[The following is based on a story by Jim Herron Zamora in the San Francisco Examiner newspaper, dated August 25, 1997. CNI News thanks Stig Agermose for bringing this item to our attention.]
Survivors of the Heaven's Gate cult, most of whose members committed suicide last March in the professed hope of going to "the level above human" in a UFO, made their first public presentation to some 65 listeners in Berkeley, California on Sunday, August 24. But many in attendance said the "Away Team" -- as the Heaven's Gate survivors now call themselves -- seemed lost and illogical.
Four members of the "Away Team" presented a videotaped speech by now-deceased cult leader Marshall Herff Applewhite titled "Last Chance to Evacuate Earth -- Before It's Recycled," then stayed to answer questions from the media and other curious attendees.
"We don't care what you think," Heaven's Gate organizer Chuck Humphrey told the assembled crowd. "We're not seeking any new members. There is really no more movement to join. We're just here to present information."
"I feel sorry for people who believe in this," said Keira Wallman, who started her first year of college at UC-Berkeley last week. Wallman, with two other first year students, watched 45 minutes of the 70-minute Applewhite video before leaving.
"The people who joined this cult must have been very desperate," said Matthew Cuss, a native of Bristol, England.
By committing mass suicide, Heaven's Gate followers had hoped to leave their bodies, or "containers," and get on board a spaceship they believed was following the Hale-Bopp comet.
"I am 'Do' of the little UFO religion cult," Applewhite said in the taped monologue. "If you want to go there, then you've got to follow me because I'm the guy who has got the key at the moment.... You have to leave everything behind."
Each of the four "Away Team" members said he was disappointed that he was unable to commit suicide with the 39 Heaven's Gate members who were found dead in a mansion near San Diego, California on March 26.
Chuck Humphrey tried to commit suicide on May 5 at a hotel in San Diego County several miles from where the others had previously died. He was found in the hotel unconscious with a plastic bag pulled off his face. Another follower, Wayne Cooke, successfully committed suicide that day in the same manner.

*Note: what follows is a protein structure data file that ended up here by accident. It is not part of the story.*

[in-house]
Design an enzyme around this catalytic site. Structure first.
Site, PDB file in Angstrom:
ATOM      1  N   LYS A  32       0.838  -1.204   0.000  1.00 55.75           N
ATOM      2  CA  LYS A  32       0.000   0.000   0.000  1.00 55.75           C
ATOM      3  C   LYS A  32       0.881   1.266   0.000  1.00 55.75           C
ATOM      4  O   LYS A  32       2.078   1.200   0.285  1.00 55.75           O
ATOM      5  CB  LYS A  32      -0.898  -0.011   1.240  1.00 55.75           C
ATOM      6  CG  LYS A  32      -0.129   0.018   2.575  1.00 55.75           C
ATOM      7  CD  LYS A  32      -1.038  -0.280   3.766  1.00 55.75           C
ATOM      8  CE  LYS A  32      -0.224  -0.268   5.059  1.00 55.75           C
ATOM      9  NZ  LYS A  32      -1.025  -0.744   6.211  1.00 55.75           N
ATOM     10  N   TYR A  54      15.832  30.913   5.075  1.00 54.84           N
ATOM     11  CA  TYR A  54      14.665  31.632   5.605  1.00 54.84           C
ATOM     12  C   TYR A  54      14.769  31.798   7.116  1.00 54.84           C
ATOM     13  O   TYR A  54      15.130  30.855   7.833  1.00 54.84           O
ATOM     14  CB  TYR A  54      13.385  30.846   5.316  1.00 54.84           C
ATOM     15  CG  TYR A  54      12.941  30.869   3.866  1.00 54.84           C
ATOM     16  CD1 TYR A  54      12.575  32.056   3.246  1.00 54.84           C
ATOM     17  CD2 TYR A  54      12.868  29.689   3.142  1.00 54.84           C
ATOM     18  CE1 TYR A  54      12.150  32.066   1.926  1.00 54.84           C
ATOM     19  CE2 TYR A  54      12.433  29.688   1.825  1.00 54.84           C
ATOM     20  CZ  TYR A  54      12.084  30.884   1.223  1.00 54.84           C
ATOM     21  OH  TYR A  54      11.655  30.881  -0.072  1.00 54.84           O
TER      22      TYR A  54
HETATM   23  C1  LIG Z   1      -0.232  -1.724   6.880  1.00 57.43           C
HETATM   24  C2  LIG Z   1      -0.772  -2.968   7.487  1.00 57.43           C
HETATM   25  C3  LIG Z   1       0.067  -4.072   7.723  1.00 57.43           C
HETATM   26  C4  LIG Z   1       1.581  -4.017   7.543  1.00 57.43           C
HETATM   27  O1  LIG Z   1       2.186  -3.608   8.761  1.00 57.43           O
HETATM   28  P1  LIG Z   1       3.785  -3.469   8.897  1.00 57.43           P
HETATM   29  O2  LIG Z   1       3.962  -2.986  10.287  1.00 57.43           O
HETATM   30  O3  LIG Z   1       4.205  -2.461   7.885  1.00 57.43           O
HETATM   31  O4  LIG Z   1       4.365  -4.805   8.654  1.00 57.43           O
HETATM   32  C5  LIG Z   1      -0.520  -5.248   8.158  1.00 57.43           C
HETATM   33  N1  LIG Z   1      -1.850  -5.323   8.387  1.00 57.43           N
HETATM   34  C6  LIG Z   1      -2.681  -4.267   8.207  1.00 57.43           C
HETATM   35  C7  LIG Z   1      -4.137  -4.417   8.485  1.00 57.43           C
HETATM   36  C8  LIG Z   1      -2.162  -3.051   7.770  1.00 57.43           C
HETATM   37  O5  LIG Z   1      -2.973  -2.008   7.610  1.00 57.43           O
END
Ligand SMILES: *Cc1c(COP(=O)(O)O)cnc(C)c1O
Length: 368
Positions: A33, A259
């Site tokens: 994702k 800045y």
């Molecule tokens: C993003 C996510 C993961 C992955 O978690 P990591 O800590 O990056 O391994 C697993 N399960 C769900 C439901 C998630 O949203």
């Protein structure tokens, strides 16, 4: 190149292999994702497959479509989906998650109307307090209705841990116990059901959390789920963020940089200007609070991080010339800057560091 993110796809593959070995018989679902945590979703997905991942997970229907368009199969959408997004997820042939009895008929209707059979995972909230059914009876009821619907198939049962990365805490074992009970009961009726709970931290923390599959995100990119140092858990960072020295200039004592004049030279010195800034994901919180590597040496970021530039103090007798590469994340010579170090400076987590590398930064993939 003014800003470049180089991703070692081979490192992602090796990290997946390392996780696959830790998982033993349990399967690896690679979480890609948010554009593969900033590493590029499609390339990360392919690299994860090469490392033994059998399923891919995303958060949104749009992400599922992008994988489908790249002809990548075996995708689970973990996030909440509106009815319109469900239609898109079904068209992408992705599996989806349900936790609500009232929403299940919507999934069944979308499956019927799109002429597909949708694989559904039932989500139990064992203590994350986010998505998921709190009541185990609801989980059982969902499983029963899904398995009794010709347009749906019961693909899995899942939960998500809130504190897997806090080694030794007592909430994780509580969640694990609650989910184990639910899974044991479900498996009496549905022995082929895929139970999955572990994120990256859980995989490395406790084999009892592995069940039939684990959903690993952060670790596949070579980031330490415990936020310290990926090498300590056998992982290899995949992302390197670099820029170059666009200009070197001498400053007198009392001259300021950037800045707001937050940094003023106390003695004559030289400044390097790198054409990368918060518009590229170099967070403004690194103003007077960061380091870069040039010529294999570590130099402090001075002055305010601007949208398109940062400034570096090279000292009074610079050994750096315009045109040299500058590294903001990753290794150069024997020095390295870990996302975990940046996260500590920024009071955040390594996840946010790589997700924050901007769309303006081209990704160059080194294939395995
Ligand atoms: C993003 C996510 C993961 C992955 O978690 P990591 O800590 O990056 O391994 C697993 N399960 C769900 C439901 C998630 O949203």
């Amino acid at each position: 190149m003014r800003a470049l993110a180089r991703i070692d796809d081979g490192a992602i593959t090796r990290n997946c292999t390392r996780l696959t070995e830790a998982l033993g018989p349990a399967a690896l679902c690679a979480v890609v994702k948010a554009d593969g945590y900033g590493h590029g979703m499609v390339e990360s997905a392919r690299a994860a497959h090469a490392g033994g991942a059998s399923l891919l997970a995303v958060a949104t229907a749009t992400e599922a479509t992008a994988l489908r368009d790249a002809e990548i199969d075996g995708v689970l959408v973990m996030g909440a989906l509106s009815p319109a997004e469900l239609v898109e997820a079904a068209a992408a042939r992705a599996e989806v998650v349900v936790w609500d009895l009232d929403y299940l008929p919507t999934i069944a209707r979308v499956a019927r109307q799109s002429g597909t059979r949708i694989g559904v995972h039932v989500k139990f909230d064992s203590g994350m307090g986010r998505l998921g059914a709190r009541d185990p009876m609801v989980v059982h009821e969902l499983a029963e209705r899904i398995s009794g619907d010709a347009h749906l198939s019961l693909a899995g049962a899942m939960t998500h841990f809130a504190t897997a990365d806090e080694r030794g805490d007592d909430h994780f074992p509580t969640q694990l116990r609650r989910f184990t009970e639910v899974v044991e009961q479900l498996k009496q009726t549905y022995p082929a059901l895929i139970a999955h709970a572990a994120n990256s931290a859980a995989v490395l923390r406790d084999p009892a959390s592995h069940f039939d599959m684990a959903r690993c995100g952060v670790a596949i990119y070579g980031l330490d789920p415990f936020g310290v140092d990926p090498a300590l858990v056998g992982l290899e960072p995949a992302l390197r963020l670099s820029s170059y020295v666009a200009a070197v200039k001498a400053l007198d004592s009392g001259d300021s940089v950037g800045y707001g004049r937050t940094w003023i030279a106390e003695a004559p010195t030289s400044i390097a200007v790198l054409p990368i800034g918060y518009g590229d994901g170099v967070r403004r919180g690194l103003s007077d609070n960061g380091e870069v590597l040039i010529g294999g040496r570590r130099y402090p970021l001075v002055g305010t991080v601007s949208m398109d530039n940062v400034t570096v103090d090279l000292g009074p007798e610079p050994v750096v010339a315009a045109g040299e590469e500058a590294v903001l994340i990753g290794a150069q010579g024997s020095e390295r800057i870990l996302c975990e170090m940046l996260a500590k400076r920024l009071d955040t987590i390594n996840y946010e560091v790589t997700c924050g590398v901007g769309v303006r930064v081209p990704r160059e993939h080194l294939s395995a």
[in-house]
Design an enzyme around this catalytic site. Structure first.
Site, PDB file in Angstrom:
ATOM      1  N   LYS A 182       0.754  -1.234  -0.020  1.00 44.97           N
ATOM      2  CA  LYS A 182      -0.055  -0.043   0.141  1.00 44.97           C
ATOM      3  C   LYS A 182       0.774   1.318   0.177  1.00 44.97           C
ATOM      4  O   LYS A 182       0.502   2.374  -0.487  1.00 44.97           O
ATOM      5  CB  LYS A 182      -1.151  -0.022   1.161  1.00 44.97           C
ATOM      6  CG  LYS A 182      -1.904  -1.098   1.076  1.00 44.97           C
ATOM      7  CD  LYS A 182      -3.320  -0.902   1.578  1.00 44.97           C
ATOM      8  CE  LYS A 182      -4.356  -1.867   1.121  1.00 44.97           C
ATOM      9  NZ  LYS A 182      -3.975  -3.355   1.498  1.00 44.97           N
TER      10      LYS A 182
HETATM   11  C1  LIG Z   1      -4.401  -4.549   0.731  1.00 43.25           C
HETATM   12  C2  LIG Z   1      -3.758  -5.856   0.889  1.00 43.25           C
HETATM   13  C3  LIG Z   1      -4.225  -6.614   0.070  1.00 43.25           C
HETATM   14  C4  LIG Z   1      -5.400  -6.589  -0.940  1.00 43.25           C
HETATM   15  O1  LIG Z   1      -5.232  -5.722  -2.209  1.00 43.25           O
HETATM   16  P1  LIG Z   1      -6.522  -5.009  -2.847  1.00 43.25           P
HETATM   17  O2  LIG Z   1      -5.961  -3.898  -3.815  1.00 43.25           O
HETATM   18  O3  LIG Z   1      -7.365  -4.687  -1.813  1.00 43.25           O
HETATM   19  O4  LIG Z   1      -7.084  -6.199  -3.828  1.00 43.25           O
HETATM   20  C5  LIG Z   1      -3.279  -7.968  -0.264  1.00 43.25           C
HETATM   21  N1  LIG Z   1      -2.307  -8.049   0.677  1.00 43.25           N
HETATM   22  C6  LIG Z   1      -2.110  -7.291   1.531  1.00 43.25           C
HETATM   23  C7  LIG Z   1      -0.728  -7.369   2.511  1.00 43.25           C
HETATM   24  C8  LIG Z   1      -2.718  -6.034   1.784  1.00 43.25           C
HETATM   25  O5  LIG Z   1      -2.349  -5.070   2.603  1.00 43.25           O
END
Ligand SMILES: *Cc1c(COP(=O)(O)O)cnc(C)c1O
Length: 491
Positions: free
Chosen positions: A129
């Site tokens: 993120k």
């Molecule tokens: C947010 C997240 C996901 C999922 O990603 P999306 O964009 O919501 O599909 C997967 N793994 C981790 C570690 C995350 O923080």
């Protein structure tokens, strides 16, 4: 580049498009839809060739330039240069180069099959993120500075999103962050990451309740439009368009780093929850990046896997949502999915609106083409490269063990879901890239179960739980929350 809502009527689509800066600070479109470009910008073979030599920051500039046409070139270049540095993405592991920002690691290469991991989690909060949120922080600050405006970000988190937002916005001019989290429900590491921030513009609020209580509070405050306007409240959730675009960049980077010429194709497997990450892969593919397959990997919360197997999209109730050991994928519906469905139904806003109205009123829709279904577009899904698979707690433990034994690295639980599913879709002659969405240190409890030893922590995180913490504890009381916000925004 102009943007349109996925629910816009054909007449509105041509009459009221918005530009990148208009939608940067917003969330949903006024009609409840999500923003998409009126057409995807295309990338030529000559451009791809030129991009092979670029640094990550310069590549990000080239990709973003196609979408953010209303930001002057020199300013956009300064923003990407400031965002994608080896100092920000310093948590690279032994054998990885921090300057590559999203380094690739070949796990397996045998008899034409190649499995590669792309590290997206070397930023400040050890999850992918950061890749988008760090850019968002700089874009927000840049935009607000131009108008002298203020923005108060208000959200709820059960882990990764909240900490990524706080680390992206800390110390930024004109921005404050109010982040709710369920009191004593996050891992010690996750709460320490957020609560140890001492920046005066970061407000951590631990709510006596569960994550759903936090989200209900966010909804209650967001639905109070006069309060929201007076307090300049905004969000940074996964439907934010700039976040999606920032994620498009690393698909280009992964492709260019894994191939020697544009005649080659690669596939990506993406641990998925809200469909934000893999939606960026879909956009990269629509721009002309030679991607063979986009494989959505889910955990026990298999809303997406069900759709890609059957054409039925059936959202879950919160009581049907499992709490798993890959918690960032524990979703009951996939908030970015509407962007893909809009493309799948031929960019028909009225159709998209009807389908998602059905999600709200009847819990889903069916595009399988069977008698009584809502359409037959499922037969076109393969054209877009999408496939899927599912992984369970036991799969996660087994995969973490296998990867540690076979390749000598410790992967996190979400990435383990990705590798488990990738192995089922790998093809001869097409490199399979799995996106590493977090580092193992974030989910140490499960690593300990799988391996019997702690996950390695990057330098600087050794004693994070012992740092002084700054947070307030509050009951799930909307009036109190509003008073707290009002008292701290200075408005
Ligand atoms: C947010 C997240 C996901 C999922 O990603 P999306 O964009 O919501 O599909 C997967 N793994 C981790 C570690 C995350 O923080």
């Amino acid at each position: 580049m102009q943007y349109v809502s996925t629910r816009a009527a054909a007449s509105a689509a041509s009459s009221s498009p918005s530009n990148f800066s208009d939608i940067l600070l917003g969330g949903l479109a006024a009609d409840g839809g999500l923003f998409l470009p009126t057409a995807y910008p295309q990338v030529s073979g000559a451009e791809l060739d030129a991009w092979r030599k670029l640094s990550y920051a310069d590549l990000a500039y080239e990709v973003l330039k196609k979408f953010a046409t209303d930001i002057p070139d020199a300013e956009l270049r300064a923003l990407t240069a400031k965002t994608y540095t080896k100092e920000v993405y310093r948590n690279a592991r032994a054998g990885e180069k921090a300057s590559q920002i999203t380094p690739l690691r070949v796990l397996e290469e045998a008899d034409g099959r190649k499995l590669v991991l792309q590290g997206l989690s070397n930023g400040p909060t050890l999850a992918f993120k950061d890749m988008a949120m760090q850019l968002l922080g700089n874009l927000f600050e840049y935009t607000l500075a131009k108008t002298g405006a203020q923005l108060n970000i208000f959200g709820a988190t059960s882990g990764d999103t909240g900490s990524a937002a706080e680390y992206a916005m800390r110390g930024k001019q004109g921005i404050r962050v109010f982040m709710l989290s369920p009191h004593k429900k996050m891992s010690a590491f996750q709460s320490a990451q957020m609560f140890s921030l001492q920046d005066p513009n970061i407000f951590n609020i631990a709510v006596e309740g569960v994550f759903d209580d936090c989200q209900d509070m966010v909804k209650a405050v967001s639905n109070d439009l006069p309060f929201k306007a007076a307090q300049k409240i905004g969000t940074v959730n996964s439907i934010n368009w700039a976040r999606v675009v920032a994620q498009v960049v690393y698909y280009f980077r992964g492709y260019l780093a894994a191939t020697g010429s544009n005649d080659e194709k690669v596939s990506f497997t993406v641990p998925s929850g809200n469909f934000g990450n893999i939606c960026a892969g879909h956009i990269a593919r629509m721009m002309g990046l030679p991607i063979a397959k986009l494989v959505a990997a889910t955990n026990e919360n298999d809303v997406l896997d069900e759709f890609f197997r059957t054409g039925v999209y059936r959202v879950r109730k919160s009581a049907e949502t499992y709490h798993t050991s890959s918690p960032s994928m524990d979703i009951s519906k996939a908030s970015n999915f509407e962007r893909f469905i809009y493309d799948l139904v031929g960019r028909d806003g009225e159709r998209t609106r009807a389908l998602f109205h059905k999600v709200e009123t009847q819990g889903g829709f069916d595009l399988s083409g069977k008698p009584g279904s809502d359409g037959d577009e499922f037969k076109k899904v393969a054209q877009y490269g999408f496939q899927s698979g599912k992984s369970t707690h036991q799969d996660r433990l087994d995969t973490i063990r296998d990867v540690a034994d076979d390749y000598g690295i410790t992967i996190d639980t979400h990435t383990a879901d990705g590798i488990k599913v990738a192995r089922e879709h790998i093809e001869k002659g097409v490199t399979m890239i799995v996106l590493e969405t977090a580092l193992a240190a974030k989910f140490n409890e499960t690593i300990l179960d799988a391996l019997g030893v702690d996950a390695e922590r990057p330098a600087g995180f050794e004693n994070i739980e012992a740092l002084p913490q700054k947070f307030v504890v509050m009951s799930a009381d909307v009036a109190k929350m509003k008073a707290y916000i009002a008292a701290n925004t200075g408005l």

"I don't know what went wrong," Humphrey said.
Humphrey intended to die by the same route as the cult members: ingesting phenobarbital and vodka, then placing plastic bags over his head.
"But I didn't realize that my container would be thrashing around like that. I guess the bag became loose and came off my head," Humphrey said. "I knew when I woke in a hospital that I was in trouble. I knew then I had failed."
Humphrey had spent most of his life between 1975 and 1997 with the group headed by Applewhite and his woman companion Bonnie Lu Nettles. Humphrey said he had left several times because he lacked the discipline to control his container, but he always returned.
"In 22 years of being with that group, there is nothing I found fault in that they did," he told the Berkeley audience.
Humphrey and the three other "Away Team" members -- who gave their names as Jason Bartel, Juan and Steward -- said the group was not a cult and never forced anyone to stay.
"We were all in the class," said Juan, a native of Venezuela. "We left because we were not ready. We lacked discipline. No one made us leave and they didn't try to make us stay."
The public appearance of the Heaven's Gate survivors had set off speculation that they would try to seek converts, as many non-traditional religious and political groups have done in
the past at Berkeley.
Hal Reynolds, a UC-Berkeley official who monitors possible cult activities on campus, attended the event but left early, saying the remnants of the group appeared to pose very little threat to Berkeley students.
"There's really not much going with this group.... It's very boring and not very convincing," Reynolds told reporters.
Original file name: CNI - HGate.Away Team
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